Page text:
CBM has published our Inclusive Eye Health Annual Report 2022. CBM will continue to work with partners to ensure that people with visual impairments receive the eye health care they need so that they can achieve their full potential.
To mark World Sight Day, CBM’s Inclusive Eye Health Initiative has published its Annual Report. It reflects the diversity and innovation of our current 119 eye health projects in 32 countries and the progress made for more inclusive, accessible and comprehensive eye care.
The report highlights our work in India, where CBM collaborates with our eye health partners. Together, we provide services that are inclusive, comprehensive and integrated into existing health systems to meet the needs of the poorest and most vulnerable people.
It also provides an update on our partnership with Peek Vision, which is going from strength to strength. CBM's support and technical expertise, combined with Peek's software are enabling communities and school-based eye health programmes to become more efficient. By the end of December 2021, CBM programmes powered by Peek reached over 506,000 people. CBM connected over 108,100 patients to the care they need in Ethiopia, Pakistan, Tanzania, Uganda and Zimbabwe.
Country Highlights of CBM's Eye Care Programmes In 2021
In India, an estimated 4.8 million people are blind and another 34 million are visually impaired. In 2021, CBM in India implemented 43 eye health projects with 29 partners, serving nearly 1.5 million people. CBM endeavours to work with India's Ministry of Health and our partners to ensure that inclusion is integrated as a core value and practice in India's national eye care plan.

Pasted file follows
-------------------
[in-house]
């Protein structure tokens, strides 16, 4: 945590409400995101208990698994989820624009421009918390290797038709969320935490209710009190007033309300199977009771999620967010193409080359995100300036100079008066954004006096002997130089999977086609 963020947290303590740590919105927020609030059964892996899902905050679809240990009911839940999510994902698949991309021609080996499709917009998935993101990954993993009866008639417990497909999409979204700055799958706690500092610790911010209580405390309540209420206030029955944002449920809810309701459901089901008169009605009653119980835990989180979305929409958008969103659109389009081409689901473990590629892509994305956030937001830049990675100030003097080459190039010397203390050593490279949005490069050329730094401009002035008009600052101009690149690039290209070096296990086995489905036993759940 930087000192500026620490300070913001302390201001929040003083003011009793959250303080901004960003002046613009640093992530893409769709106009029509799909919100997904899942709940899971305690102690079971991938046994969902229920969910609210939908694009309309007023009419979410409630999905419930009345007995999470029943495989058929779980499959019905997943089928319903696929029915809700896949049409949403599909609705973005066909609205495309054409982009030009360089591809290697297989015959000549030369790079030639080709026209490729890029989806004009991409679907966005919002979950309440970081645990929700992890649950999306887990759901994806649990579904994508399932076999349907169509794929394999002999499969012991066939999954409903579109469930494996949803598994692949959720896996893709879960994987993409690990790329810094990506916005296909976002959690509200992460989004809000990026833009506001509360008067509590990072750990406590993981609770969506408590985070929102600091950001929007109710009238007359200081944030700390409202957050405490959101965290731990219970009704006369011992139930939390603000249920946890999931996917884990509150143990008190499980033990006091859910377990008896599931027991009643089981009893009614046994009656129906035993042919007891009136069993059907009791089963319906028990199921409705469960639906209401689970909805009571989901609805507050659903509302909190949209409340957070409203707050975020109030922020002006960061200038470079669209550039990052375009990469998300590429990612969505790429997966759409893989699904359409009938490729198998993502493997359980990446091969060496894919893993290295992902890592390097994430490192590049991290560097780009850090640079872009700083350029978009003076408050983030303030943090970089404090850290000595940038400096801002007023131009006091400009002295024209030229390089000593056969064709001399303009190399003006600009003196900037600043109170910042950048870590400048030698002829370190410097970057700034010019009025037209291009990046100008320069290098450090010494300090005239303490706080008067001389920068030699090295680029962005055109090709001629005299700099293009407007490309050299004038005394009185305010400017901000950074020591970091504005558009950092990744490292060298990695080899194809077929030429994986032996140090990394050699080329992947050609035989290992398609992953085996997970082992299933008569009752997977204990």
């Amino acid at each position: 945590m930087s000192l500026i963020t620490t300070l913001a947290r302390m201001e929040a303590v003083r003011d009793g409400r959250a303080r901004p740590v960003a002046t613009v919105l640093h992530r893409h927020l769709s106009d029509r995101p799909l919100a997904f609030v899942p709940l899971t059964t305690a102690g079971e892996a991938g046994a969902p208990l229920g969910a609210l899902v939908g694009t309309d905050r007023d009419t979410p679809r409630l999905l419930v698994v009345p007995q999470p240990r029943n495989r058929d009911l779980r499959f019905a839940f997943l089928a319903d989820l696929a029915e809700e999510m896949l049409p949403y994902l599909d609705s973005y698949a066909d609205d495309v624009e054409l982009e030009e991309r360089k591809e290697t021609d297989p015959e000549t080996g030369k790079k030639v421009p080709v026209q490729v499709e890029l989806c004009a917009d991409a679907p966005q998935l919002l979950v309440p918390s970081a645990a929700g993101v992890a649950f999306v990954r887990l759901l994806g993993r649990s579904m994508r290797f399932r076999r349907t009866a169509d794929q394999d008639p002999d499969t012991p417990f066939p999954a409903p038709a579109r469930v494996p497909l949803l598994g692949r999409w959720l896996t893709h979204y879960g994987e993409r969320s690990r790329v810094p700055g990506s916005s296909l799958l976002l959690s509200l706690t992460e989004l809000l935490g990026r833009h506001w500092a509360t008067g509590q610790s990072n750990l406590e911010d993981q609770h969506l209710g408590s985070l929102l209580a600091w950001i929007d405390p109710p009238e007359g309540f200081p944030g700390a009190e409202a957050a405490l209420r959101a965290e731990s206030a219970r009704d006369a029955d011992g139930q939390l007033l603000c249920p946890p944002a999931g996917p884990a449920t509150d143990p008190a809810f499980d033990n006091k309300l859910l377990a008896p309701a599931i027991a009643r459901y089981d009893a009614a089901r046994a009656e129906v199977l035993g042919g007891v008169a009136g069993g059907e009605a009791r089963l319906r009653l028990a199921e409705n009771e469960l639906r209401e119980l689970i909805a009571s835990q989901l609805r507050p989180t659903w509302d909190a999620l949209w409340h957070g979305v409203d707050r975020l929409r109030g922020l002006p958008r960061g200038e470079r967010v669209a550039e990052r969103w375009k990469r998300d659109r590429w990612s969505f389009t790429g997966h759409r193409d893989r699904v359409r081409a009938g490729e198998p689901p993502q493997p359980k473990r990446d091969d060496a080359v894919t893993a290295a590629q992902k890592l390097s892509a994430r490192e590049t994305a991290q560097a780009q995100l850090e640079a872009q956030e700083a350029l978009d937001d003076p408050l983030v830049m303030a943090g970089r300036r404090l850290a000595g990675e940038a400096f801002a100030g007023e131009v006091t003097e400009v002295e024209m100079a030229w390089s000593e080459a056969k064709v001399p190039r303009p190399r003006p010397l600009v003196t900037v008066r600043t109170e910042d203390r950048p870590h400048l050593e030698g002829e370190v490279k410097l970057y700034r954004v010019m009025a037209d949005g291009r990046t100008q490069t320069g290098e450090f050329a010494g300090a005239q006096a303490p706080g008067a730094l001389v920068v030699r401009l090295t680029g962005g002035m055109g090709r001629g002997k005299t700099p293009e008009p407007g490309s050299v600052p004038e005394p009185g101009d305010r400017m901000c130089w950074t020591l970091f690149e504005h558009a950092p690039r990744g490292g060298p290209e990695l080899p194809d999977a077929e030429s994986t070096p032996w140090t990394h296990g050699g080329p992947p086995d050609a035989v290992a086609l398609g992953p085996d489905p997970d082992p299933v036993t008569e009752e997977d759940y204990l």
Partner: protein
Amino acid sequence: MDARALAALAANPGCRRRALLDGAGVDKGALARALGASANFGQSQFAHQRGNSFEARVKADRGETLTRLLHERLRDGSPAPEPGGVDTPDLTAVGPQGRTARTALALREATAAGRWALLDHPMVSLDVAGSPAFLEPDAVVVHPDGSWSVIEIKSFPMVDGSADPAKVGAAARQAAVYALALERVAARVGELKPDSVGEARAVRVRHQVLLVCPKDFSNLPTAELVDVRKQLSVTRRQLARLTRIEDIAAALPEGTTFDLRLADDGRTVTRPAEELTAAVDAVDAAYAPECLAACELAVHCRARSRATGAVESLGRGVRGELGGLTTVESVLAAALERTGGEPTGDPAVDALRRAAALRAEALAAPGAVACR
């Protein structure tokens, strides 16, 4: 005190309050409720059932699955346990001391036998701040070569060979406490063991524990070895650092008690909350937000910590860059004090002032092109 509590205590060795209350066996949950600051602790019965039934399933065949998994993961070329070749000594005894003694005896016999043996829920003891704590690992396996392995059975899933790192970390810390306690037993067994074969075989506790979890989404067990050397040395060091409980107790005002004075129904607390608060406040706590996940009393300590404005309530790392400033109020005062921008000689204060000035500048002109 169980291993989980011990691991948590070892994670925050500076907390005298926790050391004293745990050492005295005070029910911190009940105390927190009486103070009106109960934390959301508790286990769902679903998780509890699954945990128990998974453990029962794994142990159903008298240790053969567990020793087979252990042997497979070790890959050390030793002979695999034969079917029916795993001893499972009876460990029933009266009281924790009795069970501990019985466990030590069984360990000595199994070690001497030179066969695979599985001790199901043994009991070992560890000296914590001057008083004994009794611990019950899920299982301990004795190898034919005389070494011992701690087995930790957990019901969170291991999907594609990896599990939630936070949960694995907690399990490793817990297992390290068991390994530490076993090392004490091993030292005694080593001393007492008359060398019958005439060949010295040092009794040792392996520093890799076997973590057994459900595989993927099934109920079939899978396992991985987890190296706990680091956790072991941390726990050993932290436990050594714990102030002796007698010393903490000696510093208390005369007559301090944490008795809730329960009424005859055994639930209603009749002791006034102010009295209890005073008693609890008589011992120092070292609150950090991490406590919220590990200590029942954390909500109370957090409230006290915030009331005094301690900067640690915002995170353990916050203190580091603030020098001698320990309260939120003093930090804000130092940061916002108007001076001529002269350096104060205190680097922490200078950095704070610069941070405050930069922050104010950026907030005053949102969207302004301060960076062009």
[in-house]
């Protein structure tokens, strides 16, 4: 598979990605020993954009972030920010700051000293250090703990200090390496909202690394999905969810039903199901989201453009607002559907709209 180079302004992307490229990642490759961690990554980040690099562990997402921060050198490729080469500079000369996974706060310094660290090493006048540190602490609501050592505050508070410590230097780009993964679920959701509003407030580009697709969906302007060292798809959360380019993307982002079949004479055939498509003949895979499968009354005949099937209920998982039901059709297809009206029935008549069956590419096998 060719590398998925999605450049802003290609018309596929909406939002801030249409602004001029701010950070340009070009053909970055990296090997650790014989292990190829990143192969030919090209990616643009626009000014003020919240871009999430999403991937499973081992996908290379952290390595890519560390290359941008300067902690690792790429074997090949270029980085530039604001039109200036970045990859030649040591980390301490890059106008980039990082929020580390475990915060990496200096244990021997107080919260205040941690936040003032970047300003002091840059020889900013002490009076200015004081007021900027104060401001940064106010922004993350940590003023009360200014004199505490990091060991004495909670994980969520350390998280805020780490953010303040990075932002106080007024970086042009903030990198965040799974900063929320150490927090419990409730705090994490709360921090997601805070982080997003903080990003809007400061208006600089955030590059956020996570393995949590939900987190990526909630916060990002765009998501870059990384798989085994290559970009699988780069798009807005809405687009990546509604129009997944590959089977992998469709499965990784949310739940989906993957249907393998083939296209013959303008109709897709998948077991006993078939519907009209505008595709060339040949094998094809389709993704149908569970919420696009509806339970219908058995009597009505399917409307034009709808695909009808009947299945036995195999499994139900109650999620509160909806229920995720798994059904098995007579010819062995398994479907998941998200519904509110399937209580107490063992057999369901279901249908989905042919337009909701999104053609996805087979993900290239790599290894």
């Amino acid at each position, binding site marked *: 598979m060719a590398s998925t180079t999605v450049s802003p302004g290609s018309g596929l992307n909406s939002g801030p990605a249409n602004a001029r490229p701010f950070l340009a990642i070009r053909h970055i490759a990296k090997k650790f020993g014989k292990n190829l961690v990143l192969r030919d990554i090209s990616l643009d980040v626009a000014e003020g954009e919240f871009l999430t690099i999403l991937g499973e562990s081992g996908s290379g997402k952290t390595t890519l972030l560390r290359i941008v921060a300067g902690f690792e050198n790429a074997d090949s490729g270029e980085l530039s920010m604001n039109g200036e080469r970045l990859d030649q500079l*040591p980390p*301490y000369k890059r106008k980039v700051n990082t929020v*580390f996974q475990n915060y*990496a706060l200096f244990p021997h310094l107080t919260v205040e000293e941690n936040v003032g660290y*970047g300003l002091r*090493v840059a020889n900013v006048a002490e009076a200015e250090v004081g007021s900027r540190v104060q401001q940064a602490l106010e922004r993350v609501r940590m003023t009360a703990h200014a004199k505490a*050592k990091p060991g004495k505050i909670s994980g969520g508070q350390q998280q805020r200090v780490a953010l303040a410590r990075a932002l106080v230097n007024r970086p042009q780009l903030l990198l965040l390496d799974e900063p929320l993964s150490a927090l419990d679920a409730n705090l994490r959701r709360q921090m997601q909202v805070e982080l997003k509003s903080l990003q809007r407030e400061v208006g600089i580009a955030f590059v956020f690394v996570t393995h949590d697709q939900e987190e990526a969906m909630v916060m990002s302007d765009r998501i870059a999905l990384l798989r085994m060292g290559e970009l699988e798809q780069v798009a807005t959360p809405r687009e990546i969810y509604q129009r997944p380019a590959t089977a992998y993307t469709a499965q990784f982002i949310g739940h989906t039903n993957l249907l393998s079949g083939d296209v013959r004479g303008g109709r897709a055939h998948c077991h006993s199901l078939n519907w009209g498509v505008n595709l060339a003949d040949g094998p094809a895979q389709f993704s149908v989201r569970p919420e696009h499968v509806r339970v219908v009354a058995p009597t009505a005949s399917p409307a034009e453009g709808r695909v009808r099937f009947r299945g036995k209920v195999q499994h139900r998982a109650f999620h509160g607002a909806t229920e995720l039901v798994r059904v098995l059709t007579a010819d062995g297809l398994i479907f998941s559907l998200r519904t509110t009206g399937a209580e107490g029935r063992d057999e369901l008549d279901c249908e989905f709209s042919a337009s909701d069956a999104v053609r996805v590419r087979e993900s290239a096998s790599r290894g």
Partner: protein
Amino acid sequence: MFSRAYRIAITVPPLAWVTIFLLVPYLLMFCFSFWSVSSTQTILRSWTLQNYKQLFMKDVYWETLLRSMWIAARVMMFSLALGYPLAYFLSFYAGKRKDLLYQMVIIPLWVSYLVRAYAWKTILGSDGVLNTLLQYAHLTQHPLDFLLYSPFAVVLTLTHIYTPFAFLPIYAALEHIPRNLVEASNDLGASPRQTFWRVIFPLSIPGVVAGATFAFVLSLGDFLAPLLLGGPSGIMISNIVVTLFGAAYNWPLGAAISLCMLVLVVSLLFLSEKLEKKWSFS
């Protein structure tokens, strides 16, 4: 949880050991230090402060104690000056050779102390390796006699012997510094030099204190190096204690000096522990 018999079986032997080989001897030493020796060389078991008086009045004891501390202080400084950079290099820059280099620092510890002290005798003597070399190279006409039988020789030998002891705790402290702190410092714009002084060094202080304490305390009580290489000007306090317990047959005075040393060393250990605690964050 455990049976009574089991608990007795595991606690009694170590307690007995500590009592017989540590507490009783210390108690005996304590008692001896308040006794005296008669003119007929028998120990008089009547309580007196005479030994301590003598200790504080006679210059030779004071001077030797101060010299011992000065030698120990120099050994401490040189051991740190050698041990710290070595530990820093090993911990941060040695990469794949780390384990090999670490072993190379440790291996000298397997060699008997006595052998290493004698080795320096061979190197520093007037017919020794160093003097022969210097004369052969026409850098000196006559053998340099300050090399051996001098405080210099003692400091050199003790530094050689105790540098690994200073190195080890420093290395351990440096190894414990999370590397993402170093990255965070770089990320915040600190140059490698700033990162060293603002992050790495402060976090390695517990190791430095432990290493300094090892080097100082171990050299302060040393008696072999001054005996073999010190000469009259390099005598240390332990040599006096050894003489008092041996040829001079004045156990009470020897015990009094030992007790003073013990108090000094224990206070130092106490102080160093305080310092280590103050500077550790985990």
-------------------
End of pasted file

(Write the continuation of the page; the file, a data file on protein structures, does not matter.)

The Vision Impact Project (VIP) in Kenya, launched in April this year, is an example of CBM’s determination to deliver large-scale, sustainable projects. In the seven counties of Kenya where the CBM-supported work is taking place, more than 8 million people will benefit from eye care they would not otherwise have received.
CBM has also launched a new project funded by USAID's Child Blindness Programme to establish a referral network from the community to the tertiary level. The goal is to screen 224,000 children in the two regions and provide them with glasses or treat those with serious conditions.
Starting with just three sites in Chakwal, CBM eye health programmes in Pakistan have grown into a network of 111 health facilities and 1,567 primary and secondary schools covering a region of 2.5 million people. By the end of 2021, the programmes across Pakistan were screening around 28,000 people per month.
The Peek-powered CBM Community Eye Health Programme, in collaboration with the Government of Tanzania, aims to bring eye health closer to communities in a sustainable way. The project trained 60 primary healthcare workers at Kilimanjaro Christian Medical Centre (KCMC) to use Peek for screening and referral.
Zimbabwe and Nigeria
CBM and Sightsavers began implementing joint programmes in our target countries this year, selecting two pilot countries - Zimbabwe and Nigeria. CBM is taking the lead in Zimbabwe and Sightsavers in Nigeria. The comprehensive programmes will use innovations such as the Peek Platform for screening and referrals of community members and school children.
Focus on Global Policy and Development
CBM is part of two advocacy groups working for more equitable and available eye care. Together with members of the IAPB Core Advocacy Group, CBM works to strengthen political will and elevate eye health in global policy developments and institutions, strengthen global accountability, and support members to advocate for person-centred eye care.
CBM is working with United Friends of Vision to implement last year's UN General Assembly resolution - Vision for Everyone - to maintain global momentum for eye health as an accelerator for progress on the SDGs.
CBM is currently running a scholarship programme in Africa. 20 medical students from Kenya, Uganda, Ethiopia, Malawi, Zambia and Tanzania are training to specialise in ophthalmology. After graduation, the newly qualified doctors work for a certain time in eye clinics and eye centres in their home countries or in regions where there are few or no ophthalmologists. The aim is to facilitate access to equitable and comprehensive eye care for people in African countries by providing high-quality training and increasing the number of specialists.